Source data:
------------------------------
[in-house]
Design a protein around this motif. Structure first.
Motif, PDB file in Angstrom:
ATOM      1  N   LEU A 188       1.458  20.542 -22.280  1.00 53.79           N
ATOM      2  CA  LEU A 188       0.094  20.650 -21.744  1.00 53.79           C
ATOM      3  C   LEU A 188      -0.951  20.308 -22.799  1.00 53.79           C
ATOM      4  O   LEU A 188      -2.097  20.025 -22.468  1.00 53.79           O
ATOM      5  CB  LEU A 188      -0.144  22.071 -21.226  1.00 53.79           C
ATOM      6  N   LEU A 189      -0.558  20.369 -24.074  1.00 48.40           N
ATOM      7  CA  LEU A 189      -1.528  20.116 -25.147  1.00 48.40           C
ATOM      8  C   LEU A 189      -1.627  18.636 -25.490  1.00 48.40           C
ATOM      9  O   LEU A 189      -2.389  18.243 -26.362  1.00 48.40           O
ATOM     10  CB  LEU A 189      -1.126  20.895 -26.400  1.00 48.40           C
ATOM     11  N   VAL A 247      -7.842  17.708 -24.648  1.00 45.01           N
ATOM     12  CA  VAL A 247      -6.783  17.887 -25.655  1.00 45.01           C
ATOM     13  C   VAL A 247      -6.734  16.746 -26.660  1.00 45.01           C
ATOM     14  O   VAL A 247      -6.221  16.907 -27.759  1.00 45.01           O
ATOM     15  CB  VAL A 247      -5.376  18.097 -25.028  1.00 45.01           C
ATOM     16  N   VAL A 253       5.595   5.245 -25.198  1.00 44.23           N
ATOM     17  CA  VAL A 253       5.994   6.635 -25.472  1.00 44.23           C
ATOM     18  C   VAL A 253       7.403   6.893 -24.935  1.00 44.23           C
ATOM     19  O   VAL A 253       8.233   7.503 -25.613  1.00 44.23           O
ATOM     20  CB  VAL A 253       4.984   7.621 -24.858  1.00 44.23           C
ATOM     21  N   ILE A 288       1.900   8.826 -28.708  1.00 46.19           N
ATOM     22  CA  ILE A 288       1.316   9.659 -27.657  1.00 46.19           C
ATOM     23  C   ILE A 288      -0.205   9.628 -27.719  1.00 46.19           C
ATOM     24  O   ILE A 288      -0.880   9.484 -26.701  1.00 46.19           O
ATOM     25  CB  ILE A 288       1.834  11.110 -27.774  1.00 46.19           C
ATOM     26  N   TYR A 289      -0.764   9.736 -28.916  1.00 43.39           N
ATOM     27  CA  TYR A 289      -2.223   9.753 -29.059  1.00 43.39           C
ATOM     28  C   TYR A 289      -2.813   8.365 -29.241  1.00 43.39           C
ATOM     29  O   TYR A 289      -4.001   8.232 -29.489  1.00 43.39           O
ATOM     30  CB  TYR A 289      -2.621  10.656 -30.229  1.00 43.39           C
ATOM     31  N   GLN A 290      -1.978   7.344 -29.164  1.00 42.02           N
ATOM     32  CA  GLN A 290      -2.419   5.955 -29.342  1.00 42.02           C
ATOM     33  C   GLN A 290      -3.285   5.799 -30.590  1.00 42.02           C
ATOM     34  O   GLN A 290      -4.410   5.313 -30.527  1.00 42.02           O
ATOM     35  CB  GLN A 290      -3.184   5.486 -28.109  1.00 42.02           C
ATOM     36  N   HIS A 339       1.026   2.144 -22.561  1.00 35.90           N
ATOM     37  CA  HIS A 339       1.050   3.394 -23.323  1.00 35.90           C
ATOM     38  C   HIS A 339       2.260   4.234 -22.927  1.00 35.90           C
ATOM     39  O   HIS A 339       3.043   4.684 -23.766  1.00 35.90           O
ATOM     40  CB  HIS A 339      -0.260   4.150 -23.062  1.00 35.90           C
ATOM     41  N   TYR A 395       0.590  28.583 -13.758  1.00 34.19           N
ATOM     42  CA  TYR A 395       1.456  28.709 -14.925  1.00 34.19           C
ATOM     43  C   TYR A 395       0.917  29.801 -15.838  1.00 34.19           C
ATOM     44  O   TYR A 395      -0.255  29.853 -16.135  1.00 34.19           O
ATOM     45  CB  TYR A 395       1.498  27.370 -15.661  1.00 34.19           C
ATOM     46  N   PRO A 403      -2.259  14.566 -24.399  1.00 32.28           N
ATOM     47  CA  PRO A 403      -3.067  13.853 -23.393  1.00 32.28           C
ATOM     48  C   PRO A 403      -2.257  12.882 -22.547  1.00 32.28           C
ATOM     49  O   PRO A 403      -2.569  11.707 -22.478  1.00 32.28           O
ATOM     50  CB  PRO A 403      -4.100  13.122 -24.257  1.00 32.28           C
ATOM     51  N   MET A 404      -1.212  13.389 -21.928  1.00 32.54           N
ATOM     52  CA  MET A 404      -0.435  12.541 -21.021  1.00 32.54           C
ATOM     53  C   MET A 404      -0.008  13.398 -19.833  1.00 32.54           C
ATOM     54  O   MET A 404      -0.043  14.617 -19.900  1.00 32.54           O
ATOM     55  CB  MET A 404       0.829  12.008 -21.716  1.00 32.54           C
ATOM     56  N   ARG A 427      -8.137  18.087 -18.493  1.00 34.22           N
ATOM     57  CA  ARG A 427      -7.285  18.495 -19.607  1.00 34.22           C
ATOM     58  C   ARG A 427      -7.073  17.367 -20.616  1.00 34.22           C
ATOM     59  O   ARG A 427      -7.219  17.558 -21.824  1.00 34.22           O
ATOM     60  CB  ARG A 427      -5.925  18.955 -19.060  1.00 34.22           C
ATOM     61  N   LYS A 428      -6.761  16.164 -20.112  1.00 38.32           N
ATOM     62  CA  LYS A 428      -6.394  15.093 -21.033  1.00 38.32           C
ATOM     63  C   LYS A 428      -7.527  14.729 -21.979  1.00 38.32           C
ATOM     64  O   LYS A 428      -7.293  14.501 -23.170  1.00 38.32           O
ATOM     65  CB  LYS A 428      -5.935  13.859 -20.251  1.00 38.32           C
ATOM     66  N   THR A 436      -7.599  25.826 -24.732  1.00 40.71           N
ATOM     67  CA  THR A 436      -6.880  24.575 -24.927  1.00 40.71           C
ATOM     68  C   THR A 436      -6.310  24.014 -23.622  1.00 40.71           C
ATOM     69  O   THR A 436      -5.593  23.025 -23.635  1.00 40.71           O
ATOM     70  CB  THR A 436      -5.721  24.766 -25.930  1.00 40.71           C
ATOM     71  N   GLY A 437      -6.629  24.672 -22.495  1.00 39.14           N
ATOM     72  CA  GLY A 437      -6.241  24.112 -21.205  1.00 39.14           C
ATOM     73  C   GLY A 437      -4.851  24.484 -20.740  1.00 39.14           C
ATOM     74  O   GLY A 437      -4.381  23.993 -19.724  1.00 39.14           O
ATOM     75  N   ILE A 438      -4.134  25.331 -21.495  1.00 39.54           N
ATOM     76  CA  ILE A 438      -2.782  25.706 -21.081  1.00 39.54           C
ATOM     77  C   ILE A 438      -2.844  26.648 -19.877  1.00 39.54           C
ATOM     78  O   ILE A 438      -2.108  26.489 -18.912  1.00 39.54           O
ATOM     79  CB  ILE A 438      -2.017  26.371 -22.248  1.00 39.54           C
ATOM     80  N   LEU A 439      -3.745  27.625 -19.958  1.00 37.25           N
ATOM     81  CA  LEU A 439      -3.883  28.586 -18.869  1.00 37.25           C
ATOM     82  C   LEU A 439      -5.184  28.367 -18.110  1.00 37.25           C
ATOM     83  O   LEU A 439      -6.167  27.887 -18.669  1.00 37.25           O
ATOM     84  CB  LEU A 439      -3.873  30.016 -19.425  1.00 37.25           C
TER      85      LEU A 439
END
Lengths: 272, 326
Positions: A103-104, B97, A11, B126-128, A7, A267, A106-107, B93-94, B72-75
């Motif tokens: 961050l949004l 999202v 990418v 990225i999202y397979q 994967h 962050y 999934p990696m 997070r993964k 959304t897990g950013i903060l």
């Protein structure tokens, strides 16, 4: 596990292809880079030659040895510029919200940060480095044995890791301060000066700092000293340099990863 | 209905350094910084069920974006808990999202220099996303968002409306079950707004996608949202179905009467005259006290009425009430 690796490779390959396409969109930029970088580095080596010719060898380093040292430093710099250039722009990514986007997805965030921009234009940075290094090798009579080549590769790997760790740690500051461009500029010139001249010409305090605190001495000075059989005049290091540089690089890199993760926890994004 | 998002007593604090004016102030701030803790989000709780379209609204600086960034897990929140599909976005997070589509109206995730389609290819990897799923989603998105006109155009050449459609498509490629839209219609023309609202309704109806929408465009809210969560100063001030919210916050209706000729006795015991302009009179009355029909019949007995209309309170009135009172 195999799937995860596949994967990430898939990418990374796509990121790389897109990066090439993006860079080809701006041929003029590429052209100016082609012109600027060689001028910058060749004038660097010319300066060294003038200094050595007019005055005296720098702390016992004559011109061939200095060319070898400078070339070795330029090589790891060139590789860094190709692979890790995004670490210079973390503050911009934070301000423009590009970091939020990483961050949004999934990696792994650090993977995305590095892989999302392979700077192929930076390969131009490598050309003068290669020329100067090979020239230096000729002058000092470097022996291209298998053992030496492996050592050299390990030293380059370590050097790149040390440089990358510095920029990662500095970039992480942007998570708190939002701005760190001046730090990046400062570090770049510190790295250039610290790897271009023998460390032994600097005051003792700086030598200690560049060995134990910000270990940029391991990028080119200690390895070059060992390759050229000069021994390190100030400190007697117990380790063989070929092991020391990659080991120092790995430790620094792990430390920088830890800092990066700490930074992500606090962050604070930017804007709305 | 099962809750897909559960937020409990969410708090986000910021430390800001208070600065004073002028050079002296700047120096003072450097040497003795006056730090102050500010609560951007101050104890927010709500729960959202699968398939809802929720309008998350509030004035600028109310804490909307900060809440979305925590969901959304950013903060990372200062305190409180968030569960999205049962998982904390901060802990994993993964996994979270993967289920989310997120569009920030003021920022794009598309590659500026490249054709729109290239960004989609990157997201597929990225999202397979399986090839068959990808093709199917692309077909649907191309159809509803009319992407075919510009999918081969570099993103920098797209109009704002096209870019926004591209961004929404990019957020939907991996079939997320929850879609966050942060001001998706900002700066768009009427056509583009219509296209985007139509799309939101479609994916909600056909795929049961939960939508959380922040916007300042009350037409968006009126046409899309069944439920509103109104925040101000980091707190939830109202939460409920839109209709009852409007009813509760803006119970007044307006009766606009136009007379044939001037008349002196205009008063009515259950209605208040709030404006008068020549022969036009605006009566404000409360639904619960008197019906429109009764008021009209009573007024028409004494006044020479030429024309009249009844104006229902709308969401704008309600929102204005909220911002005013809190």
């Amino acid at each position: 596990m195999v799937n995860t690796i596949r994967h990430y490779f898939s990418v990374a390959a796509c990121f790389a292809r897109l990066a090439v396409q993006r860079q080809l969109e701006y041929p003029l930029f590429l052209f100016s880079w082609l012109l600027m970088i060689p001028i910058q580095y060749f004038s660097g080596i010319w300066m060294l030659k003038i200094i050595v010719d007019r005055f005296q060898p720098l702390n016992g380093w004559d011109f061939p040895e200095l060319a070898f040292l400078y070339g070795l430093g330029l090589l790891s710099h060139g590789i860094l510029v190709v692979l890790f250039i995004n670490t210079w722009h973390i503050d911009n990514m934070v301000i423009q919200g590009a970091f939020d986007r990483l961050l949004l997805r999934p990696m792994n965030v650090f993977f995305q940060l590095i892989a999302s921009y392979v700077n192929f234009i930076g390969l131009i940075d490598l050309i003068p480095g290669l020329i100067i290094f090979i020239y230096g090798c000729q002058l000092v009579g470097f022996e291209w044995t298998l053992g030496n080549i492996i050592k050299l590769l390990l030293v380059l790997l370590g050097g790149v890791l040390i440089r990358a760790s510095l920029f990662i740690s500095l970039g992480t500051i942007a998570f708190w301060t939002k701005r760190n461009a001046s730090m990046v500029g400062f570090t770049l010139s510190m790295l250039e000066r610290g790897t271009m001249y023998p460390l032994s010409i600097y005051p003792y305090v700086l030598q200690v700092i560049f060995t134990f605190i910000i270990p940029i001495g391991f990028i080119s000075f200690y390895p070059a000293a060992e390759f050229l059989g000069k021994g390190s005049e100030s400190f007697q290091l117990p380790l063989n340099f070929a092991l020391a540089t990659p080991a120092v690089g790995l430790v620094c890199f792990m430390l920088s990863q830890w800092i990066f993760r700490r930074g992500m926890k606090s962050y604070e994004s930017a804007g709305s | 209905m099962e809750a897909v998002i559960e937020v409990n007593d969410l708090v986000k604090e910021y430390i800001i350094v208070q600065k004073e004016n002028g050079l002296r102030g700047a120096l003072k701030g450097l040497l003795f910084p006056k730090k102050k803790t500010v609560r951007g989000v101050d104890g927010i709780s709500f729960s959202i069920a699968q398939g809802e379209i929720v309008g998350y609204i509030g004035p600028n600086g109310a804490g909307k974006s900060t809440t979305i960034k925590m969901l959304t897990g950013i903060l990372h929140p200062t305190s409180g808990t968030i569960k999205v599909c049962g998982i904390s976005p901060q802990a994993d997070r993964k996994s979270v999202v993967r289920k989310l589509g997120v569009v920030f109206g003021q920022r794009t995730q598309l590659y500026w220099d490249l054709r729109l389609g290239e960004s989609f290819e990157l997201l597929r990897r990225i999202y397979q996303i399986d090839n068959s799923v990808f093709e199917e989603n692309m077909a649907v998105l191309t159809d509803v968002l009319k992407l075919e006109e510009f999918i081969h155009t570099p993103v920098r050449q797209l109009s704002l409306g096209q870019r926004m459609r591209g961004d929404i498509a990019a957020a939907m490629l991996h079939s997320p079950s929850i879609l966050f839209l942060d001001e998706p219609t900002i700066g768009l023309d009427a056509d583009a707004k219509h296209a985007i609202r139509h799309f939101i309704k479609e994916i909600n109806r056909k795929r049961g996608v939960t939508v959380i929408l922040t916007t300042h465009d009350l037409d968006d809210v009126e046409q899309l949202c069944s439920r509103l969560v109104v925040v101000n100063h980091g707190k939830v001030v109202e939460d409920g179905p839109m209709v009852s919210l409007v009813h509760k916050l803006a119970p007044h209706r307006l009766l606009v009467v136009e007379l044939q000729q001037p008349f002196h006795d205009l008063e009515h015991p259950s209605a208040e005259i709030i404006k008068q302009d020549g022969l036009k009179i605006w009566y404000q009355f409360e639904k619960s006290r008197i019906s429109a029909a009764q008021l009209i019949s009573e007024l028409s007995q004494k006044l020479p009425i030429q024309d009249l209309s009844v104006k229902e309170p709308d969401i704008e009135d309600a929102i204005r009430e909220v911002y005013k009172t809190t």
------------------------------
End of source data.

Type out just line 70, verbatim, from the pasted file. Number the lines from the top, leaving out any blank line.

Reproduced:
ATOM     67  CA  THR A 436      -6.880  24.575 -24.927  1.00 40.71           C